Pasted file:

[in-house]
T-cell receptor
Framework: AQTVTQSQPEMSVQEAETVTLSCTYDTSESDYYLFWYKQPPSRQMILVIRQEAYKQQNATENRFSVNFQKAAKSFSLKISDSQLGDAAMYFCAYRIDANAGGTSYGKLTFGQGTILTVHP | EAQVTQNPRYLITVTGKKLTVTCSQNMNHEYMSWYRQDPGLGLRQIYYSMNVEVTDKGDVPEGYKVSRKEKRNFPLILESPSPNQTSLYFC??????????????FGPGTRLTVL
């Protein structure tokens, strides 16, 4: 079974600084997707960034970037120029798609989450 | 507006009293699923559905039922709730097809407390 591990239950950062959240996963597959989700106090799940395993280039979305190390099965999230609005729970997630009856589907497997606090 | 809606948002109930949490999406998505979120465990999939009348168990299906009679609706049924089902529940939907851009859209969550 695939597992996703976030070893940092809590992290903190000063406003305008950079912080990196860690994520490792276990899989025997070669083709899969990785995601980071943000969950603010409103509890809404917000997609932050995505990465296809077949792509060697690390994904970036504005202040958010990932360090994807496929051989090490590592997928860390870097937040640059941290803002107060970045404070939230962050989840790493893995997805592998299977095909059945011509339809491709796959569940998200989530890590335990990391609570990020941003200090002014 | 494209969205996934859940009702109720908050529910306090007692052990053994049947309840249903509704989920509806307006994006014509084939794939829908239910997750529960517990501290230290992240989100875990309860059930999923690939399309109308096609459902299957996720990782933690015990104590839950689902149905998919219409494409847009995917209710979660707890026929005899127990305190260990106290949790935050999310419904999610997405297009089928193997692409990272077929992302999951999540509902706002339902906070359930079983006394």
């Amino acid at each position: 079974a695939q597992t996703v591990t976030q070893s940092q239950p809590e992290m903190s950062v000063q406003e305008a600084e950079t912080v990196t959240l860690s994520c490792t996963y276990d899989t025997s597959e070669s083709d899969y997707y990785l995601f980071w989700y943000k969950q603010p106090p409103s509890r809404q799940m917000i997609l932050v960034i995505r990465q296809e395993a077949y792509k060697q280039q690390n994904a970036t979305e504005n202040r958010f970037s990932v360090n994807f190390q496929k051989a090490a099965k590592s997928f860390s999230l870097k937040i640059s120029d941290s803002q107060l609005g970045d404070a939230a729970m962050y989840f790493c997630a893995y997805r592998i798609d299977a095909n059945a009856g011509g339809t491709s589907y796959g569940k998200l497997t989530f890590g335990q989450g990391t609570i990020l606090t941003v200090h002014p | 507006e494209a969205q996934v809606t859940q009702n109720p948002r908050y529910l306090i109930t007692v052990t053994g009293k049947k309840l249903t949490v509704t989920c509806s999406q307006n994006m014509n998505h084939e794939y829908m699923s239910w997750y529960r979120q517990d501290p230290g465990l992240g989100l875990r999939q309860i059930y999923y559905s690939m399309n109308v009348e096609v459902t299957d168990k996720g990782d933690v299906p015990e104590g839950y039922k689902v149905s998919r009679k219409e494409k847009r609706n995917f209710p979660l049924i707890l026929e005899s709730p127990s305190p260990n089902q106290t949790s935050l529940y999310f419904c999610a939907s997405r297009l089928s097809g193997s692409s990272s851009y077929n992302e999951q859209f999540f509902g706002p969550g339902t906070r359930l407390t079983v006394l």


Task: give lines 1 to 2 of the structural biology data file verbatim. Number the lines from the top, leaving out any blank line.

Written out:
[in-house]
T-cell receptor